Senior engineers are people who oversee large engineering projects and, when applicable, the teams tasked with completing those projects. Senior engineers are not a regulated job title, so becoming one can vary greatly depending on your specialty and the needs of an organization.
All engineers require a bachelor’s degree in an engineering field. When applying for competitive senior engineering positions, however, a master’s degree may be required. Since senior engineers perform a somewhat managerial role, an engineering degree might be best supplemented by a master’s in business administration. If you hope to get into a research field, however, you should focus your graduate education on engineering. All told, education entails as much as four to six years.
Though technically unnecessary, engineers who offer their services directly to the public are required to be licensed in all 50 U.S. states. Licensure begins immediately after graduation with the passage of the Fundamentals of Engineer (FE) exam. Following the FE exam, one has to have approximately four years of documented engineering experience to qualify for the Professional Engineering (PE) exam. Becoming a professional engineer, though perhaps not required for employment as a senior engineer, serves as a vital mark of distinction in your engineering career.
The term “engineer” applies itself to a variety of complicated specialties, including chemical, nuclear or mechanical engineering. Your chances of becoming a senior engineer generally requires you have experience in the field for which you will be “senior.” The time it takes to become a senior engineer may be shortened or lengthened based on the demand for engineers in that field. The field of biomedical engineering is expected to grow 72 percent between 2008 and 2018, according to data from the U.S. Bureau of Labor Statistics. A biomedical engineer will then likely find opportunity to become a senior engineer faster than a chemical engineer, whose industry is expected to shrink by 2 percent over the same 10-year span.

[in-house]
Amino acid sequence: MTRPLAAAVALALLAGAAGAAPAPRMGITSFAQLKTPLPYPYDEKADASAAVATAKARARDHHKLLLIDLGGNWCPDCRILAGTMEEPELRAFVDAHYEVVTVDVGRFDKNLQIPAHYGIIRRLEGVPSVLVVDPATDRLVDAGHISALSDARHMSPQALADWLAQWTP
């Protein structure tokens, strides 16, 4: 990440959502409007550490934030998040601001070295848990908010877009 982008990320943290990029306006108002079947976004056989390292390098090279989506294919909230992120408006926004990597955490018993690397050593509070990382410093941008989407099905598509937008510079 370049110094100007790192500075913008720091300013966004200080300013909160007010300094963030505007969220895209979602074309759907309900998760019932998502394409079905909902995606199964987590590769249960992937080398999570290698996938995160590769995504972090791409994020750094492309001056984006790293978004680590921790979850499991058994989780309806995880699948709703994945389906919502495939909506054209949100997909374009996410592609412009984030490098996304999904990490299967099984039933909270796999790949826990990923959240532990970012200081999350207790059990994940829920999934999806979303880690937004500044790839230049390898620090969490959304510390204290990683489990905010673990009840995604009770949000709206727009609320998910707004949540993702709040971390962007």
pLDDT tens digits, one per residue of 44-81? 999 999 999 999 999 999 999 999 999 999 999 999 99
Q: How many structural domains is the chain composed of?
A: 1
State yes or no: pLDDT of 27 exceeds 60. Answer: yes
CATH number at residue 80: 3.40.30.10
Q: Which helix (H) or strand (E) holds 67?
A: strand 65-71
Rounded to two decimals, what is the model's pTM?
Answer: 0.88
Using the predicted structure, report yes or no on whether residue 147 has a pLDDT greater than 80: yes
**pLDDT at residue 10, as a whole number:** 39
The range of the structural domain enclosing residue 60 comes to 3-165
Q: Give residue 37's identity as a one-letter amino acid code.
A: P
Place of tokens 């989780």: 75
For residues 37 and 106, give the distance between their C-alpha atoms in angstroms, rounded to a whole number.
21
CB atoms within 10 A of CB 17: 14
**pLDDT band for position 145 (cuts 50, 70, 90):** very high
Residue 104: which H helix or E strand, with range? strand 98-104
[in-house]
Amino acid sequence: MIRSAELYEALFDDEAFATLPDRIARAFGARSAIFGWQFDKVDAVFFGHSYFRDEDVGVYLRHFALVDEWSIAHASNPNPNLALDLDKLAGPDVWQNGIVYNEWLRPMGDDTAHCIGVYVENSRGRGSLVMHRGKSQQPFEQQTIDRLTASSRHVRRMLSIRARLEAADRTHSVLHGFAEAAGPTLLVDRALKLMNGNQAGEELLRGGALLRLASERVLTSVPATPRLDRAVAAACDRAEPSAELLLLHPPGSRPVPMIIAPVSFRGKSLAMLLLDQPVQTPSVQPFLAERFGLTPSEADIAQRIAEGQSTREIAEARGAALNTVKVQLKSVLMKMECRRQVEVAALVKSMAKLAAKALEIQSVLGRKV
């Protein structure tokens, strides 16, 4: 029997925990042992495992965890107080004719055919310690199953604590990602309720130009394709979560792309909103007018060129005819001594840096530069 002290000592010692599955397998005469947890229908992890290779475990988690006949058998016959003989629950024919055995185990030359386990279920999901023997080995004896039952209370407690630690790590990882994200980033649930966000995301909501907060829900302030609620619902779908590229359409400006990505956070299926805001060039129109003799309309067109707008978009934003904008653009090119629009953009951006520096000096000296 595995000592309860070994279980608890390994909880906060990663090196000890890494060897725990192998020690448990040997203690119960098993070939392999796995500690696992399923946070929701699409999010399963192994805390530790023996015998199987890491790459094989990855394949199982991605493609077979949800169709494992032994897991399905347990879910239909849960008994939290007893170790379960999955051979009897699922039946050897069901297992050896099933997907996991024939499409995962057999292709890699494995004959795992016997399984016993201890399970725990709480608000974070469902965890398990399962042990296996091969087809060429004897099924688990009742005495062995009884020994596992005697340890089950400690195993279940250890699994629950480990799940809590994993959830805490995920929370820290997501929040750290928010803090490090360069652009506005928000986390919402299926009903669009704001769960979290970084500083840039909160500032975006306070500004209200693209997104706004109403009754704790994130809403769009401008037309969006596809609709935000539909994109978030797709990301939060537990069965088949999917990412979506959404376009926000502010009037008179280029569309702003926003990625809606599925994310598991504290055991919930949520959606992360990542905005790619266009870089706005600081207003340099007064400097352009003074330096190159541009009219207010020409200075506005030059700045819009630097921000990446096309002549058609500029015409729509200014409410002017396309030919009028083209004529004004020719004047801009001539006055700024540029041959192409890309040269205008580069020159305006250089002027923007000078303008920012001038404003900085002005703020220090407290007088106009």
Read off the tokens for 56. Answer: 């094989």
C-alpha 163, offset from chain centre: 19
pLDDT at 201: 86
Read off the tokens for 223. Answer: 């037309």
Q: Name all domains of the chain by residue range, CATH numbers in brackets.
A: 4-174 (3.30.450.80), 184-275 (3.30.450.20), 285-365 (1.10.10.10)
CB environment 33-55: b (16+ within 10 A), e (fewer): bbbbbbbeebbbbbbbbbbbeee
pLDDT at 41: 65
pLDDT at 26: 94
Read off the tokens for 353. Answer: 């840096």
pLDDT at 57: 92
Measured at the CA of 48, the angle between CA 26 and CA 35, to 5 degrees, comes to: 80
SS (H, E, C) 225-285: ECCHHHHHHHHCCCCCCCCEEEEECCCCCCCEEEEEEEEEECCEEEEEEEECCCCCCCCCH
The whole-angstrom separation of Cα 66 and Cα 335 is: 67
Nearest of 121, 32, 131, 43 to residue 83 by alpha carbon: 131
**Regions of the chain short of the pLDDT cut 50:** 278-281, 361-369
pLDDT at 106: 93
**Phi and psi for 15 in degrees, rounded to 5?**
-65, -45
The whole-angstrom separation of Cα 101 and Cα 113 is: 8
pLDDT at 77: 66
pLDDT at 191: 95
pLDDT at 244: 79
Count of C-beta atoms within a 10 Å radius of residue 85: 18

Though overall expertise and qualifications will play the largest role, reaching a position as a senior engineer may be predicated on the relationship one has with the organization. Senior engineers are given greater responsibility over both projects and, oftentimes, people. This requires a lot of trust and it can be difficult for a person hiring a senior engineer to trust someone to interact with people when they never met them. Often, a position as a regular engineer will need to be held for at least a “grooming” amount of time, perhaps one to two years, before a senior status is achieved.
From the time a person decides to major in engineering to the first day as senior engineer holds a lot of variables. If a master’s degree is not needed and the senior position is offered in the same place and same specialty as what you held when you graduated, you can become senior in as little as eight years. This is, however, highly unlikely. Other mitigated factors could cause the time to jump as you earn a master’s degree (two more years, minimum) or gain more experience in a different specialty. All told, becoming a senior engineer is less of a race to the finish line than it is a careful binding of your talents and interests with an organization’s needs and goals.